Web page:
The Power of Unity
These factors constitute a challenge for growing fellowship through united study and expression of view by means of the annual offerings of the Ministerial Reading Course. The necessities and possibilities of the Ministerial Reading Course as a unifying and really stimulative molding force are not understood or utilized to the extent they deserve. Surely a minimum of five especially strong and really essential books each year (including the elective), for united reading by all workers, is a narrow enough margin of safety. Ministers in these intensive times need to follow a program of intensive study, lest the careless be crowded out by those who are ever reaching out for more information, better understanding, clearer principles, superior methods, and greater spiritual light and life.
Most carefully chosen under wide counsel, and authorized by the large, representative Advisory Council of the Association, this 1938 offering of the General Conference united study program is bound to strengthen your ministry. And when a thousand ministerial comrades march forward with unity of view and oneness of understanding, great will be the results in the pursuit of such a program. This provision affords the only postgraduate work many ministers ever obtain. Constant, advanced study is imperative in these days of competition, for others who are abreast of the times will march on and leave the indifferent and unprepared behind.
The General Conference headquarters staff and the Advisory Council of the Association have already given their supporting example of personal enrollment in the new course, and have given us their permission to use this information. Let all—executives, evangelists, pastors, Bible workers, departmental leaders, teachers, ministerial interns, physicians, nurses, theological students—enroll for this course of exceptional value, and thus foster the unity of view and utterance so greatly needed at this time.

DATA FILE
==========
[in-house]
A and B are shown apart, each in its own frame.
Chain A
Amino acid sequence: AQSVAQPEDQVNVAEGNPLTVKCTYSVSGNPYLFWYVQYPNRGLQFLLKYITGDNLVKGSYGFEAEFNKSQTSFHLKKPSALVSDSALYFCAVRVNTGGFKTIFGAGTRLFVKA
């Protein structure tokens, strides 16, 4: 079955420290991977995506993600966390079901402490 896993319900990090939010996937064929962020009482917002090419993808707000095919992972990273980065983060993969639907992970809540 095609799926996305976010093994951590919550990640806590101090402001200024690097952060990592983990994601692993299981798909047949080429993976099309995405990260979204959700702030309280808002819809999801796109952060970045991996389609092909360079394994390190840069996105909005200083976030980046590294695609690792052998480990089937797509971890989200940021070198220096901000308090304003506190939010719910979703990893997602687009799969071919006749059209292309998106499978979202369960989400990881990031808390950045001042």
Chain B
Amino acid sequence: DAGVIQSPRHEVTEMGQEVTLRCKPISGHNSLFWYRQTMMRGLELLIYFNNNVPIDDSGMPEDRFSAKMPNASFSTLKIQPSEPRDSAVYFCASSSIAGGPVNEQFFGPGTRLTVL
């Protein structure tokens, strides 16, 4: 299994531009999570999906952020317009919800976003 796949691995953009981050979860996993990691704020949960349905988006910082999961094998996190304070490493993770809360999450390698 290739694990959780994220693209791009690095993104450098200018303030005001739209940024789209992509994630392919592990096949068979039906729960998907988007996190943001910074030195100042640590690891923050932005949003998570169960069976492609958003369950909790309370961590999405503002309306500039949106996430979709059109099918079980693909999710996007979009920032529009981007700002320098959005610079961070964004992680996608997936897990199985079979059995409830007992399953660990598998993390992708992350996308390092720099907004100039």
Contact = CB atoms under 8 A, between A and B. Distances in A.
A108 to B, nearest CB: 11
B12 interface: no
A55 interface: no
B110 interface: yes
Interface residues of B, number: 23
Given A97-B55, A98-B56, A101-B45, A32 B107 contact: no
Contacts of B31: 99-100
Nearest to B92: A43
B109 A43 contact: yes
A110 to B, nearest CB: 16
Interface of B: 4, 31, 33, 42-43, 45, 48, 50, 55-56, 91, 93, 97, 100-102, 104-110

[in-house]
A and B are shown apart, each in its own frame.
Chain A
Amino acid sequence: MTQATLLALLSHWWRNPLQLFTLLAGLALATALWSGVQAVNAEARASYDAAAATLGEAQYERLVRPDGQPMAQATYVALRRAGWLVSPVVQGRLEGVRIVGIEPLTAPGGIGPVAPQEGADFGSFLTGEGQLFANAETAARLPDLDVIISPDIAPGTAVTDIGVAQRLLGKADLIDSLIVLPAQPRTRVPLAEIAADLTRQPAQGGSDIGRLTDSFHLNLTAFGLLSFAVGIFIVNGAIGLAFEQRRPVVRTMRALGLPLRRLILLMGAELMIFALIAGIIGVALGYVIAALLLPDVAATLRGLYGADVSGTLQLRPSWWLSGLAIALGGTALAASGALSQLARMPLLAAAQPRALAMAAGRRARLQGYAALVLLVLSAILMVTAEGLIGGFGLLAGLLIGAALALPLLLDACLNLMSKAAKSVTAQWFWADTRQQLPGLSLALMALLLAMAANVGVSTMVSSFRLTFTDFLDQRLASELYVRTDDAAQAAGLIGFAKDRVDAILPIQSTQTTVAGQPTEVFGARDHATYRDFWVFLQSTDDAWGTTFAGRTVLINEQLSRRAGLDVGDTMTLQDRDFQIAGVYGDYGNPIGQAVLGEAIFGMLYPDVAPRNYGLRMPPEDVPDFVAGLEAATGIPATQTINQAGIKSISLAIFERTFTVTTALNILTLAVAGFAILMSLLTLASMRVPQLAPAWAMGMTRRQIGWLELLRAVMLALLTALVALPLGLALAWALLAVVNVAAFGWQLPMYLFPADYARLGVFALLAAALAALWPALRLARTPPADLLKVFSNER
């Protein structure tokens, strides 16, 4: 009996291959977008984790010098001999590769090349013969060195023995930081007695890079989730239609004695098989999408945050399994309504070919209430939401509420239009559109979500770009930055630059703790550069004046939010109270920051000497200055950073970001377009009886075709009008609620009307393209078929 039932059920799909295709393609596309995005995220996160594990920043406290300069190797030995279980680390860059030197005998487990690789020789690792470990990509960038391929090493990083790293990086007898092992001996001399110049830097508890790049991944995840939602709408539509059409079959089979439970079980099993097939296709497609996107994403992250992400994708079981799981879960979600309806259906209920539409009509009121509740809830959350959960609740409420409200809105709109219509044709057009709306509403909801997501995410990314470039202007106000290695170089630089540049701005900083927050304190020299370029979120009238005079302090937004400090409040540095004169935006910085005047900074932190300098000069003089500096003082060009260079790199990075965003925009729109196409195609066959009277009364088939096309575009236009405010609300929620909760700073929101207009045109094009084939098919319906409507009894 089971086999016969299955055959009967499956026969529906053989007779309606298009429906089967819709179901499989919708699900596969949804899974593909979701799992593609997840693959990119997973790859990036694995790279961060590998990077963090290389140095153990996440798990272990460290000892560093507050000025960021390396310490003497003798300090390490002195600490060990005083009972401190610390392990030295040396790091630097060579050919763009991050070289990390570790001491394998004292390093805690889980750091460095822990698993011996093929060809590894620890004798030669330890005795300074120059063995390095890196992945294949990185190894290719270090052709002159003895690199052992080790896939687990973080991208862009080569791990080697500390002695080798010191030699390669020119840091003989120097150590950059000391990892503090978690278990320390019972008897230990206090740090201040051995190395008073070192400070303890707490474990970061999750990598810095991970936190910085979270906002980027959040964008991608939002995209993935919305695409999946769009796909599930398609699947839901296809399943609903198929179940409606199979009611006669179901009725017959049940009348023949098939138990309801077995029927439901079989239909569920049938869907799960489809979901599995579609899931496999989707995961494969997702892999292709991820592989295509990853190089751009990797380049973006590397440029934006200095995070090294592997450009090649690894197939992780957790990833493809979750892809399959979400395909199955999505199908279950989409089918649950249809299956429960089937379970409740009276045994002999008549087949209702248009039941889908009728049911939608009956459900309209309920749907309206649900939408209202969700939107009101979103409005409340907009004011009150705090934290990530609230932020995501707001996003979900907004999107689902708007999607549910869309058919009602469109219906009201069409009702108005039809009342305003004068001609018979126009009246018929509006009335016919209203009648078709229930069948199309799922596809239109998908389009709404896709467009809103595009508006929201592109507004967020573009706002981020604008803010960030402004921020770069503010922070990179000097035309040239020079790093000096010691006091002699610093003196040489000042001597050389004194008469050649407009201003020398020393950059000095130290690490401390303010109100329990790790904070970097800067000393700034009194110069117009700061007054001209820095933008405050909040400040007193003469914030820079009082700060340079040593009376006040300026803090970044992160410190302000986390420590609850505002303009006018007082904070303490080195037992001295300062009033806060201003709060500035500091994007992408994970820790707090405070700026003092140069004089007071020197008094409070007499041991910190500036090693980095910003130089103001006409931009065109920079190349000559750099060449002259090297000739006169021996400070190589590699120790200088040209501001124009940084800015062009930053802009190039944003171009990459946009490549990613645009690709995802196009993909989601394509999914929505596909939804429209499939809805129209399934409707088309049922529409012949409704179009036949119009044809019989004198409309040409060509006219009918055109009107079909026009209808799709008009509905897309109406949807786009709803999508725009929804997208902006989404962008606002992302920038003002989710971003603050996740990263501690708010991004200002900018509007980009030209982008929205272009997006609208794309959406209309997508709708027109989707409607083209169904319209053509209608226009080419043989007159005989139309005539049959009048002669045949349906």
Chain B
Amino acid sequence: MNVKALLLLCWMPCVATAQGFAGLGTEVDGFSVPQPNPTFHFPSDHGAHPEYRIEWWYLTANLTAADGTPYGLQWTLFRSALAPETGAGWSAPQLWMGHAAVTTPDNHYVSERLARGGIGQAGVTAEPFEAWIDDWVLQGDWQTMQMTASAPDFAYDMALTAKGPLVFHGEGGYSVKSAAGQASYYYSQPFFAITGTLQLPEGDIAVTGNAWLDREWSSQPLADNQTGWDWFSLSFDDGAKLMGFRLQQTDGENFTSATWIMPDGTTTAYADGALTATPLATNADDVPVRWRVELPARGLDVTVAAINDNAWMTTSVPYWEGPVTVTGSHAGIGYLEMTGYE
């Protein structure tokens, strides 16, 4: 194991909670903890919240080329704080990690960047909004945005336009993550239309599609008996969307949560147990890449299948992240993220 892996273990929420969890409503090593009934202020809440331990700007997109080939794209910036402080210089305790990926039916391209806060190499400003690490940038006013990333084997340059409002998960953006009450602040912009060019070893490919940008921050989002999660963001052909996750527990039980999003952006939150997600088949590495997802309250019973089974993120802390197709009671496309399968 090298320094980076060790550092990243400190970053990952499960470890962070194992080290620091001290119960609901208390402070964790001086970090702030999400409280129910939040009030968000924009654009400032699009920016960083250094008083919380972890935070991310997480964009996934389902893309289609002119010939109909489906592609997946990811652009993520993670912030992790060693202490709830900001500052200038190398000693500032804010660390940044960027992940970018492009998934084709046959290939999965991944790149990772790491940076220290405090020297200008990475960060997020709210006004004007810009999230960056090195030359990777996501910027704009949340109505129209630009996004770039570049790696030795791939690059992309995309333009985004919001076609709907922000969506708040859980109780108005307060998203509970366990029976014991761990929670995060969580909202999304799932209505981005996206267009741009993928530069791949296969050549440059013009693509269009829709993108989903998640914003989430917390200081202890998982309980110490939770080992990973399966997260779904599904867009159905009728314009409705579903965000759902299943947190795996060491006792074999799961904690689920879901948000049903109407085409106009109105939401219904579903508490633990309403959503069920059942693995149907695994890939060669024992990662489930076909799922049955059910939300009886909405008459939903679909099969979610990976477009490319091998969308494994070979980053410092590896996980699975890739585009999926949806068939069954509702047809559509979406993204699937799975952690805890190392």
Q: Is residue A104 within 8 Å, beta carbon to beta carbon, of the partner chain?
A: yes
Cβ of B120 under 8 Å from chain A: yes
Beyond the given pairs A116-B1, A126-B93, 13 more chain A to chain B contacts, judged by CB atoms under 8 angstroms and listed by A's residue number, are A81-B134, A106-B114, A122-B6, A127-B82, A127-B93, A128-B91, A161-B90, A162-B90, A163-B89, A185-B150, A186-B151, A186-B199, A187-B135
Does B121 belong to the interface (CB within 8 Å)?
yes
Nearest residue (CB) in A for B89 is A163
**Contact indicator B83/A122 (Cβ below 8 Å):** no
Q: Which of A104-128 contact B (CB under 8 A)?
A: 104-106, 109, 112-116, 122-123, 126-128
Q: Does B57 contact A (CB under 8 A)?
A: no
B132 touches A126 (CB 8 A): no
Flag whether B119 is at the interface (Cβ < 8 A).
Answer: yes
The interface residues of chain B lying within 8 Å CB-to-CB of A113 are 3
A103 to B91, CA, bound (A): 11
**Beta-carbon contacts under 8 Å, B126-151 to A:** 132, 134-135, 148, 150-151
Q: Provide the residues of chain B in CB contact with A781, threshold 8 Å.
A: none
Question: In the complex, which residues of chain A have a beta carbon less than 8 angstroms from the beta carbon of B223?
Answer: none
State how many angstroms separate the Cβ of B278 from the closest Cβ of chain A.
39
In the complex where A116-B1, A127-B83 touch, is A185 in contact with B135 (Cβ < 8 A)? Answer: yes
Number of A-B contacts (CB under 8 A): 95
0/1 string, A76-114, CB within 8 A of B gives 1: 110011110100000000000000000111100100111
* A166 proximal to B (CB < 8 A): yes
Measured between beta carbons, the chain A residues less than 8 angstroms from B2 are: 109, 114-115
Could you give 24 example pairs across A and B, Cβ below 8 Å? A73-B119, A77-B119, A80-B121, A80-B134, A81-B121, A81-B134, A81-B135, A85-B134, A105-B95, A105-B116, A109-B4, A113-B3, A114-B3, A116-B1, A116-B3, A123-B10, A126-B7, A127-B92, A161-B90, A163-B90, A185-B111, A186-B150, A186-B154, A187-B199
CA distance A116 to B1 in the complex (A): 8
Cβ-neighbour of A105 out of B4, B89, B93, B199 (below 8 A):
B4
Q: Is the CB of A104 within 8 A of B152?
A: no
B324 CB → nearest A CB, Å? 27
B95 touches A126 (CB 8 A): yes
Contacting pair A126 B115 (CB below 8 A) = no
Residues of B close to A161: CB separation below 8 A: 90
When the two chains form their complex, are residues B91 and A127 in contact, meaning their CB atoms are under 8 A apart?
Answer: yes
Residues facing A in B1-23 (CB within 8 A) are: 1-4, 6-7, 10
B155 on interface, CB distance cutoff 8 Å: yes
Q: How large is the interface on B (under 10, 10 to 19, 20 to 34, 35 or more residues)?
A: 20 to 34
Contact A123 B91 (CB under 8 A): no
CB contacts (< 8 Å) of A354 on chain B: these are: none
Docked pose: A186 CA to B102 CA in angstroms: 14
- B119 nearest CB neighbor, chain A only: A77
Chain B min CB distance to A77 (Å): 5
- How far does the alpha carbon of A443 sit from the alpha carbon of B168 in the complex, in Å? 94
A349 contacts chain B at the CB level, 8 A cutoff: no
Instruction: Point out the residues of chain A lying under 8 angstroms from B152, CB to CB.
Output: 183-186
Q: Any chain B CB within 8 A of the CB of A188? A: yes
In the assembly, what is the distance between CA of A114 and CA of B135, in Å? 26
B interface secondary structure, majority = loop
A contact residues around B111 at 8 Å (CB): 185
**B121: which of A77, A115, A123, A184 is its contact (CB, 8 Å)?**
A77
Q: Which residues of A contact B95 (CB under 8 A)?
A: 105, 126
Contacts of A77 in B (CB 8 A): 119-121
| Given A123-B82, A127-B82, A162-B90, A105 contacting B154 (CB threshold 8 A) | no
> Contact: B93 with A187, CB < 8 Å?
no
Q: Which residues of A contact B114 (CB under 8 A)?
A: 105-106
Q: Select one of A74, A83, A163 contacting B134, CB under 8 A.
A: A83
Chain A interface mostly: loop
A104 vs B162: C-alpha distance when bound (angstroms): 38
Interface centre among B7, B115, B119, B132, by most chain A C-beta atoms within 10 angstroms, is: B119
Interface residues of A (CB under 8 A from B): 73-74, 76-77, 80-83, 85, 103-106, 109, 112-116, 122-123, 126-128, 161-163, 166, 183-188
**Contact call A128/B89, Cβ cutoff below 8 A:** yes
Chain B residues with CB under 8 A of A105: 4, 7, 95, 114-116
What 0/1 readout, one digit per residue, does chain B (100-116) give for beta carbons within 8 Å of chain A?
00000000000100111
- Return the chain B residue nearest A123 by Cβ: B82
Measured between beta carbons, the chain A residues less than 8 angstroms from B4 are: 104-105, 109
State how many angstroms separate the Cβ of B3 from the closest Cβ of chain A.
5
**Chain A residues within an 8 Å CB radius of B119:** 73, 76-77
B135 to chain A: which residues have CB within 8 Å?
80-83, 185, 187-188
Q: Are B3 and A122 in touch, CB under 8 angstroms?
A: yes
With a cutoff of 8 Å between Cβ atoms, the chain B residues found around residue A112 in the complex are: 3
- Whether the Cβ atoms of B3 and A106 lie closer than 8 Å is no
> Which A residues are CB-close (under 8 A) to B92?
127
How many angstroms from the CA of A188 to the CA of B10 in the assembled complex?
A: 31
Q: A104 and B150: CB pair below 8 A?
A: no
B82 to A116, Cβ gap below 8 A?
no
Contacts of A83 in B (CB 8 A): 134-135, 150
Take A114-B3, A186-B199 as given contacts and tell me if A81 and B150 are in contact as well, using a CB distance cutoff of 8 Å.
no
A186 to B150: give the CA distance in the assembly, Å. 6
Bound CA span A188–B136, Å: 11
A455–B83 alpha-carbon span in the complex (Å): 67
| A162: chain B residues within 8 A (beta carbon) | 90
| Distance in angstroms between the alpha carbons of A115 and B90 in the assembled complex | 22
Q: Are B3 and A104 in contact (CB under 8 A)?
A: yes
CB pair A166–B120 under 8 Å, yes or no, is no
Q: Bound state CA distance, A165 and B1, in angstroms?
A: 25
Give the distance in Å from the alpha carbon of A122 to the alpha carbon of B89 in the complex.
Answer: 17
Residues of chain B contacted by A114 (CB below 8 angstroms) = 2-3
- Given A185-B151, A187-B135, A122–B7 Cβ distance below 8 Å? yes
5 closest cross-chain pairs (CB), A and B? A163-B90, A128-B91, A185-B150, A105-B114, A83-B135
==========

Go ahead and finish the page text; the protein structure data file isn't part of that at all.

L. E. F.
Learn and Live
I enjoy listening to a good public speaker. Most people do. A well-spoken message is effective in that it is associated with the witchery of personal charm. It is arresting, compelling, convincing. But at last the voice is silenced. The magnetic spell is lost. The speaker is gone. For a whole hour he held us enthralled. Some of the things he said we can never forget. But much that we should like to remember is soon gone from us. After a few hours, or days at most, all we have left is a vague remembrance of beautiful words and phrases, chosen with great nicety and made to march in and out, round and round, in a galaxy of brilliance, at the will of a polished speaker.
Not so with the message printed on the pages of a good book. The printed page offers a perpetual invitation to the seeker after knowledge. It never tires in its mission of mental and spiritual enlightenment and never ceases in its work of contributing to culture and refinement. Books pass the torch of wisdom from generation to generation, and brighten the darkest recesses of earth's remotest preserves. The mind cannot come to its full fruition without their aid. And the mind is still the true measure of the man.
We begin life with many different endowments, but a sound mind is the greatest of all. In the ministry of life, it is the finest tool the Creator has given us. The best possible preparation for life is the training of this mind, First it must be filled with useful information.
Biology teaches us that nature discards or deadens any faculty or equipment that is not used. That rule applies to mind as well as muscles—and there is not much delay in applying it. The mind will dry up if it is not used frequently and sometimes vigorously. Fortunately, work lying mainly in the realm of the intellect can be fully as well learned late in life as early—in fact, it often seems to be mastered better after the fervid years of youth have passed. The minister must keep his mind growing, or he is lost. And the only way to grow is to reach out for new material.
In his book, "The Carpenter of Nazareth," * M. E. Olsen stresses that point convincingly and effectively, and in doing so he has performed an enduring service, not for our ministry alone, but for our denomination as a whole. Knowing the value of adult education and the need for futher supervised study of many of our workers and laymen who cannot return to the classroom for formal instruction, he writes infectiously under the captions, "The Carpenter of Nazareth," "Sons and Daughters," "The Call to Christian Service," and "Shall We Make Room in Our Lives for the Study Experience ?"
Doctor Olsen's book is an eloquent plea for self-improvement, pointing out avenues of advancement toward that mental, spiritual, and cultural energy which in our hearts we all so greatly covet. The next time I meet one of those half-starved, stifled souls who despair of further growth and power, and who need to renew old-time ambitions, I am going to suggest that he read this book.